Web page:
NBA Stats

Jun 6 2013 3:12PM

Feeding the Corners

One thing that every military leader knows is that the supply line is just as important as the front line, whether that translates to building and protecting your own supply line or disrupting that of your opponent.

So we applied the science of network analysis, which is traditionally used in electrical engineering, computing and most recently, social networking, to better understand how Miami and San Antonio have been setting up their valuable corners three-point shots with such devastating effect throughout the playoffs.

Summary of Findings:

  • Teams shoot corner-threes better than threes elsewhere on the line (in regular season, they shot 38% from the corner compared with 35% elsewhere and in the post season, about 37% compared with 33%).
  • So it's no wonder that with all that three-point line running around the basket (the line is about 692 inches, counting only the part that is in front of the basket), those two, three-foot corner areas -- 10% of the whole shooting area along the line -- account for about 28% of all three-point shots attempted and 30% of all three-point shots made.
  • For the two remaining teams, the numbers are even more impressive. During the regular season, Miami hit an amazing 43% of their shots taken from the corner and San Antonio shot a not-too-shabby 41%. And the corners comprised even more of the two team's three-point shooting (43% Miami and 39% San Antonio). The shot accuracy has cooled a bit in the postseason, but it's still above postseason league-wide averages (39% for Miami and 40% for San Antonio), with Miami keeping their high corner composition (43%) and San Antonio dialing it down (34%).
  • Table 1: Corner-Three Shooting

    What makes corner threes even more interesting is that they are the only shot on the area of the court that almost requires a team effort to make.

    As Table 2 shows, league-wide, nearly all (96%) of made corner-threes were assisted, compared to 80% for other threes and many fewer for other shots.

    Table 2: Assisted Shots by Location

    Then, looking at Miami and San Antonio in detail, some clear differences emerge -- not in terms of shooting, but in assisting:

    Together, the two teams have hit 83 corner threes during the playoffs, the Heat hit 48 and the Spurs hit 35.

    On both teams, the two players with the most threes accounted for about 54% of corner threes, and the top four players made up 80% or more. (Table 3).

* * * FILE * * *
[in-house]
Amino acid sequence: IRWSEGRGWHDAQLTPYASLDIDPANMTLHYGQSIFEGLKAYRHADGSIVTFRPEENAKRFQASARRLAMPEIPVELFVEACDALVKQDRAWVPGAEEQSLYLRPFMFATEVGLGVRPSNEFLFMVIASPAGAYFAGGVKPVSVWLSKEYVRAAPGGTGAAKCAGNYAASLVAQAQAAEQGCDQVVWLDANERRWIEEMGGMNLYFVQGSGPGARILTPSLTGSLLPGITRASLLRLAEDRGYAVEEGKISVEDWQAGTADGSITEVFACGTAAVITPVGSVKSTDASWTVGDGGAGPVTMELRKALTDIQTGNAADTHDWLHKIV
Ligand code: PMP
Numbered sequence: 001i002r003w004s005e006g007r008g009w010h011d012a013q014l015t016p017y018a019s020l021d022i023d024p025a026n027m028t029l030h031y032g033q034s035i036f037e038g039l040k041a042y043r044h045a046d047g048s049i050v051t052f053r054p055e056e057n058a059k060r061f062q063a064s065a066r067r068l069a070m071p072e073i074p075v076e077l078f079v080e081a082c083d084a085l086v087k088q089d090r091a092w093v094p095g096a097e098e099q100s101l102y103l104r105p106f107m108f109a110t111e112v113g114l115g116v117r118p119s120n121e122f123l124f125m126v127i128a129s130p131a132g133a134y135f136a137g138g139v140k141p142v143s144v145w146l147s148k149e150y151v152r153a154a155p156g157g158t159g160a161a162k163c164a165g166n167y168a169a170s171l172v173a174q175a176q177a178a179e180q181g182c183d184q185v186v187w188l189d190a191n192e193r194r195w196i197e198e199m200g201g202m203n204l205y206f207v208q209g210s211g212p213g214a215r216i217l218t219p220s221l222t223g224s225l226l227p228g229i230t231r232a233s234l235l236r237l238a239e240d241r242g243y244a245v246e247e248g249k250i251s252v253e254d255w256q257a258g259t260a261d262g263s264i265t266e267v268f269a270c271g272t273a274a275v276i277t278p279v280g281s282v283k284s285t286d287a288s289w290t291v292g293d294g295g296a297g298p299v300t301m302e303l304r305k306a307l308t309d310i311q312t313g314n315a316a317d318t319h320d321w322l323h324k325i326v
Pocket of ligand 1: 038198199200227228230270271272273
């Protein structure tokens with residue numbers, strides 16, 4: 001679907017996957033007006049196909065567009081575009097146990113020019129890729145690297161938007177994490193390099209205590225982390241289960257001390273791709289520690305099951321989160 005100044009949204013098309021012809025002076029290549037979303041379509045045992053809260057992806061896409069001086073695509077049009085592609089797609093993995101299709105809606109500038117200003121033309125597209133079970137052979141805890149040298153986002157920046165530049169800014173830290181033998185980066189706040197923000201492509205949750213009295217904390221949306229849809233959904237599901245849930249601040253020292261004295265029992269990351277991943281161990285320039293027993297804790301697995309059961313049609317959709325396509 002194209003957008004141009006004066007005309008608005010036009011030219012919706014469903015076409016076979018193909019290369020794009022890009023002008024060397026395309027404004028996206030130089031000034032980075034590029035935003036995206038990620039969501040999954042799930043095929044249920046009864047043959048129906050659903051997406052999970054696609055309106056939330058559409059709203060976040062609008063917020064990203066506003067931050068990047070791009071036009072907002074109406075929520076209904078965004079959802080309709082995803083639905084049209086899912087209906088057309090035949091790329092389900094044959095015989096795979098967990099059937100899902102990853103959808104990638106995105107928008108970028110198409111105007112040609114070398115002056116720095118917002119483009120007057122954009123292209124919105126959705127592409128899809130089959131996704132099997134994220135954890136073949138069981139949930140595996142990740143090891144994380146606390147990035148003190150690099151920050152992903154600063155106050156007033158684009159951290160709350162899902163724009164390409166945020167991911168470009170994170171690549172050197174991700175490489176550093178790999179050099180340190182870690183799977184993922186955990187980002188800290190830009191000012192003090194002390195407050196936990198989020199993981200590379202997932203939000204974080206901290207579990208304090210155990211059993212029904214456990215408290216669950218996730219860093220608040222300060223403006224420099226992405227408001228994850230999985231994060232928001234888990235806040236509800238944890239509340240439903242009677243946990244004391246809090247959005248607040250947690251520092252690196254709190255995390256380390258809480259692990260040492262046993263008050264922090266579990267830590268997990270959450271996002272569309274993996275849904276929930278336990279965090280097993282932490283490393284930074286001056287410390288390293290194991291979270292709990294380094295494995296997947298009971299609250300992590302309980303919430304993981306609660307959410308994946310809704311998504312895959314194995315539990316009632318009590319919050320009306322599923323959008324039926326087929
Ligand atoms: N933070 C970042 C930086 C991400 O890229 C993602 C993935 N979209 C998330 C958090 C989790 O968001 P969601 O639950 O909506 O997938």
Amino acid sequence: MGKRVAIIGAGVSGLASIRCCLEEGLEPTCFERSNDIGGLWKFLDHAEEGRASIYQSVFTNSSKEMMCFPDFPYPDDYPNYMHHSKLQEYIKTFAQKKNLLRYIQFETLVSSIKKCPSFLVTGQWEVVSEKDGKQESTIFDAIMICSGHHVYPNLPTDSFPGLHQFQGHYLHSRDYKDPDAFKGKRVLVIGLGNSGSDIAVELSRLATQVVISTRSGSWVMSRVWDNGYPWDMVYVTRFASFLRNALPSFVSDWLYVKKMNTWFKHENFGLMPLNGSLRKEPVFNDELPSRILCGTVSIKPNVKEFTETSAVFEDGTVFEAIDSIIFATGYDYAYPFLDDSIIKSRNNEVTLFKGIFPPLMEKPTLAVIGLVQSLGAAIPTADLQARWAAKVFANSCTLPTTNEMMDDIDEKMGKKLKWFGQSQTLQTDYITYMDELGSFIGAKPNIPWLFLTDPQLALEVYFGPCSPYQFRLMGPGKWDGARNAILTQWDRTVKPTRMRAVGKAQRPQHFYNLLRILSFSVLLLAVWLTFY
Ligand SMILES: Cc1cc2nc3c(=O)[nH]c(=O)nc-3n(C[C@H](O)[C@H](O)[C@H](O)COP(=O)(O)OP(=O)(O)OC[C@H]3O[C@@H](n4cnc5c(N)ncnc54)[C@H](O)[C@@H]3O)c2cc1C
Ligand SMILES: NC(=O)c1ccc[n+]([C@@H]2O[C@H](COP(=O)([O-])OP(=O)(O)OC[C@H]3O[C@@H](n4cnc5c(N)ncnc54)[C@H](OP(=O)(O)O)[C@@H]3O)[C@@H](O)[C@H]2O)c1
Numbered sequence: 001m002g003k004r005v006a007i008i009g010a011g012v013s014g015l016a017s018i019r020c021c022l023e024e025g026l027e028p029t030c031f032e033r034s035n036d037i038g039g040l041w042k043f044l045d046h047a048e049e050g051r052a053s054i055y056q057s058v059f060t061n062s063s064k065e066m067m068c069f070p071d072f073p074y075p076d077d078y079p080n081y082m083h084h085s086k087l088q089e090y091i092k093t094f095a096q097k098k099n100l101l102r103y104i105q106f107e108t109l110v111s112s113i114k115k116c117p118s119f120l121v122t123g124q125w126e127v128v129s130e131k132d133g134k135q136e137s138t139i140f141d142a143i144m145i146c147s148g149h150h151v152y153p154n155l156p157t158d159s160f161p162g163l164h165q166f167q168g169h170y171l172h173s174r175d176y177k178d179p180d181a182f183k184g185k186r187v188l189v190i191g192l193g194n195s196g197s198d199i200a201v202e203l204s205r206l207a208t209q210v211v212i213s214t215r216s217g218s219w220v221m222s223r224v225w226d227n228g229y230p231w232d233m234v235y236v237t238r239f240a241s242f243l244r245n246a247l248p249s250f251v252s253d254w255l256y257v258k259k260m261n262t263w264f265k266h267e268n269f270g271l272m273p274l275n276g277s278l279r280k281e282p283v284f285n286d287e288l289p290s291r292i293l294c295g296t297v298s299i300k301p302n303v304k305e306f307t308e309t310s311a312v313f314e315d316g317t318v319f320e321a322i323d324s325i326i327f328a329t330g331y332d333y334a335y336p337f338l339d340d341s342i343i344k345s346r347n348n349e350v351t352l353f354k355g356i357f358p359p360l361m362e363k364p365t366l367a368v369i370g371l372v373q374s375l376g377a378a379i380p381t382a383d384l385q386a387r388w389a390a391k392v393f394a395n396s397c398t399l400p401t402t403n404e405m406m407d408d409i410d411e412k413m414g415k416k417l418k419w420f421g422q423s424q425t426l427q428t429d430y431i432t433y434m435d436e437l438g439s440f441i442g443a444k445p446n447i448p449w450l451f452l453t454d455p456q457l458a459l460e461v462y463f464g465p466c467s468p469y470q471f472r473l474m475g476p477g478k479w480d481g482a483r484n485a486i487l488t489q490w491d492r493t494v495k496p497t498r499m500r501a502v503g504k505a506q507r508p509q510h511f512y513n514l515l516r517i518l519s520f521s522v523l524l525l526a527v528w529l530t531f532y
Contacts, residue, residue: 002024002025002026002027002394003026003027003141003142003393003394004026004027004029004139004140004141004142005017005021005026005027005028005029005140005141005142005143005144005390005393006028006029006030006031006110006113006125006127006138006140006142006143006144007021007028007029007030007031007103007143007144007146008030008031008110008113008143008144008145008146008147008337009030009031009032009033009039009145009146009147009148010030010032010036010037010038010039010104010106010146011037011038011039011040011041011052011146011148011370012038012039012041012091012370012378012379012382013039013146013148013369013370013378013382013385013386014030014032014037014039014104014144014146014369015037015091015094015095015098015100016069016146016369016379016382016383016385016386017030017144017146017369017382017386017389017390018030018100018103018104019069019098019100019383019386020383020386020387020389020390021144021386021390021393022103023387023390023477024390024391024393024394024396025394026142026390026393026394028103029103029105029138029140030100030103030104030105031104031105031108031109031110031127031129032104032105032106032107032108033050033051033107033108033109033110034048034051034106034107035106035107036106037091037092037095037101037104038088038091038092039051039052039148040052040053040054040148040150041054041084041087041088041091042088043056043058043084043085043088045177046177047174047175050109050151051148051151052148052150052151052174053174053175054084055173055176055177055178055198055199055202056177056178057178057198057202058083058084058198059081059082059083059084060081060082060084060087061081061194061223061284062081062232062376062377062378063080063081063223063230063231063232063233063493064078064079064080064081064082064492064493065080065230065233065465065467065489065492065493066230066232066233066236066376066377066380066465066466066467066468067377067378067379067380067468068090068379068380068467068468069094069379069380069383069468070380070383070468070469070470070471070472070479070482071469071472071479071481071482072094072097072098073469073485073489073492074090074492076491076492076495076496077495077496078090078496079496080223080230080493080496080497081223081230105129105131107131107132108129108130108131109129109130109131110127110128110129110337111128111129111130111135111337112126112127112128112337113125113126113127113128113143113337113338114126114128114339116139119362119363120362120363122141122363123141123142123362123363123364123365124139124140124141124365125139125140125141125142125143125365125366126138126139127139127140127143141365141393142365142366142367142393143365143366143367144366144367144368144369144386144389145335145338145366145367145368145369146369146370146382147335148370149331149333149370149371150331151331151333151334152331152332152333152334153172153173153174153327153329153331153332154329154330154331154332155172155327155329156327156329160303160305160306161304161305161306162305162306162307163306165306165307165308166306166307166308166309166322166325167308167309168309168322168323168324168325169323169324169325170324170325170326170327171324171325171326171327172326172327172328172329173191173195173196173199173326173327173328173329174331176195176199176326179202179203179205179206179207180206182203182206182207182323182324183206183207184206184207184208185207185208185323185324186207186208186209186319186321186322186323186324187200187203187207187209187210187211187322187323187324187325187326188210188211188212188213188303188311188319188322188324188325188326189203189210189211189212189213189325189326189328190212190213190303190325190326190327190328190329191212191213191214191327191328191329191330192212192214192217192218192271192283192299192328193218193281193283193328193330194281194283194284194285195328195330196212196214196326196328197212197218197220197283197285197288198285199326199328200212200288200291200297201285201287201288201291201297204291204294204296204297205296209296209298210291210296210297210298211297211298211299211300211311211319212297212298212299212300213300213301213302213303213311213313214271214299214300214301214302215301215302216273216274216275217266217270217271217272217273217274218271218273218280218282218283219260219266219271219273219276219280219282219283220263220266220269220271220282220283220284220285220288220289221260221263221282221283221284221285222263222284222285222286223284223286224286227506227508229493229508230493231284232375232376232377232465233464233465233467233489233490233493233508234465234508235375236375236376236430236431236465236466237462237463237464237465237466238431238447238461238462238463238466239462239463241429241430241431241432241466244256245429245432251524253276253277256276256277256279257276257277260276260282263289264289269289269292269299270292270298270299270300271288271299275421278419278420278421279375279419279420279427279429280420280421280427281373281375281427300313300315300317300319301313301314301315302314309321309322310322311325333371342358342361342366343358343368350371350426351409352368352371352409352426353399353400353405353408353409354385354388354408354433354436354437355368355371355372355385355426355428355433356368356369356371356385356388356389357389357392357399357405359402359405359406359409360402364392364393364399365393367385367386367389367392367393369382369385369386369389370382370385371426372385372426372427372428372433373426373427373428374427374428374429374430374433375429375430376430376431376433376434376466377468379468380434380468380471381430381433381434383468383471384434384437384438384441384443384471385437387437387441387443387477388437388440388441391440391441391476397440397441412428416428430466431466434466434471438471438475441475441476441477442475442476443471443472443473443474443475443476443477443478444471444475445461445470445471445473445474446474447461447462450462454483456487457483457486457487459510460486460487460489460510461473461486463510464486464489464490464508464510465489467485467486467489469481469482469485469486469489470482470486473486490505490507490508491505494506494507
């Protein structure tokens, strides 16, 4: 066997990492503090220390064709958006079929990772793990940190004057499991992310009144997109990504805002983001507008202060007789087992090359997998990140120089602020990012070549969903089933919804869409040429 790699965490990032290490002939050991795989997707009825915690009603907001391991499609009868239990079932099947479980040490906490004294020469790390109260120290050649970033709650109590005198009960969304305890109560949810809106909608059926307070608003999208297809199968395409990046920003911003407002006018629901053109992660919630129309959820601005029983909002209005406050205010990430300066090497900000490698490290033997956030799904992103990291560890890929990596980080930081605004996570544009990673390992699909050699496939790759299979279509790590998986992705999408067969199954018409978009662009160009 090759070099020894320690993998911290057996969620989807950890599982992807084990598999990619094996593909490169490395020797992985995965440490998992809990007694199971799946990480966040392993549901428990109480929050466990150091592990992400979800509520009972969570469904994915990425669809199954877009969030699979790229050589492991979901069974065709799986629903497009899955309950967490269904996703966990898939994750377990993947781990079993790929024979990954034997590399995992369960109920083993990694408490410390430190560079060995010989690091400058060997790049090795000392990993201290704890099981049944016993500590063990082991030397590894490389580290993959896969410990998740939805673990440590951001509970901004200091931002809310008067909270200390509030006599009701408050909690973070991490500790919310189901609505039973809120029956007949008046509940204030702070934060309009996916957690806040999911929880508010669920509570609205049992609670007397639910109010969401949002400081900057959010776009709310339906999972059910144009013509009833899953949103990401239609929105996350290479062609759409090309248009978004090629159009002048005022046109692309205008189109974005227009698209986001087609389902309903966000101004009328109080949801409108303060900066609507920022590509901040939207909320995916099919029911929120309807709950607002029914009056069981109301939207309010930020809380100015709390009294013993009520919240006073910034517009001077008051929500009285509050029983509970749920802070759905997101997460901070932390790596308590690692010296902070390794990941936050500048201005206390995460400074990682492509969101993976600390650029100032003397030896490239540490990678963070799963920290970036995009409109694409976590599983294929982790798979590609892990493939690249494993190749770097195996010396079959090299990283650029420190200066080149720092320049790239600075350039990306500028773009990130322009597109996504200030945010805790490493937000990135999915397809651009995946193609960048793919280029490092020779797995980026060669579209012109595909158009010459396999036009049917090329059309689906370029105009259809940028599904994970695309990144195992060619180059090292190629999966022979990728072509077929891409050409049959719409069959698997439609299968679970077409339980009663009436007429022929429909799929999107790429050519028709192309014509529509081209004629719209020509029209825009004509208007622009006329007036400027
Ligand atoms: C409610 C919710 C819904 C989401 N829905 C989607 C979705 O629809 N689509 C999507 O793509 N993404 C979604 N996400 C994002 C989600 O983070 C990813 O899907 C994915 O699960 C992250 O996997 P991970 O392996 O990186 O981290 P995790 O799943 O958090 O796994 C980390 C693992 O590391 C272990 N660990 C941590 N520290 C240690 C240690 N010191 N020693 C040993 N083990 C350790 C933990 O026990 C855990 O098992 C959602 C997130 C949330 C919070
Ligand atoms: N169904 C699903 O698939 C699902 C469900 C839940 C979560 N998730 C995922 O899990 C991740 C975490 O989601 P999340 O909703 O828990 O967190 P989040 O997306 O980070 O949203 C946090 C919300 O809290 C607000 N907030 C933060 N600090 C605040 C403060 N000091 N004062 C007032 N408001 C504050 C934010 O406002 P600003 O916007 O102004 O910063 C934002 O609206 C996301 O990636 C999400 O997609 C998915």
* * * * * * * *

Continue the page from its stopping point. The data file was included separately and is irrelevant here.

Table 3: Corner-Threes by Player

    Again, what is particularly interesting isn't so much who's shooting, but who's feeding the shooter.

    Consistent with our assist rate stats above, 81 of the teams' 83 corner three-point field goals (97.5%) were assisted, however...

    For the Heat, LeBron James had -- by far -- the most assists of any player (23), feeding almost 50% of Heat's corner threes and accounting for 69 assisted points in total.

    For the Spurs, Manu Ginobili and Tony Parker combined assisted on 63% of the Spurs corner threes.

    Table 4: Corner-Three Assists

    Figure 1 below shows the corner-three "network" for each team.

    The "vertices" (the bubbles) show each player, with the size of each vertex proportionate to the number of corner-threes made.[1]

    The "edges" (the lines) show the number of corner-three assists made by each player to the shooter, with the direction of the arrow indicating the player assisted, and the width of the line proportionate to the number of assists.

    Figure 1: Corner-Three Network

    Click image for larger version

    It's clear that LeBron sits in the center of Miami's corner-threes, but LeBron has four good corner-three point shooters at his disposal and he doesn't play favorites.

    Table 5: Corner-Three Assisting Player / Shooter Dyads

    [1] The Heat's Anderson, and the Spurs' Duncan and Splitter, had no corner-threes, and are included in the graphic because of assists.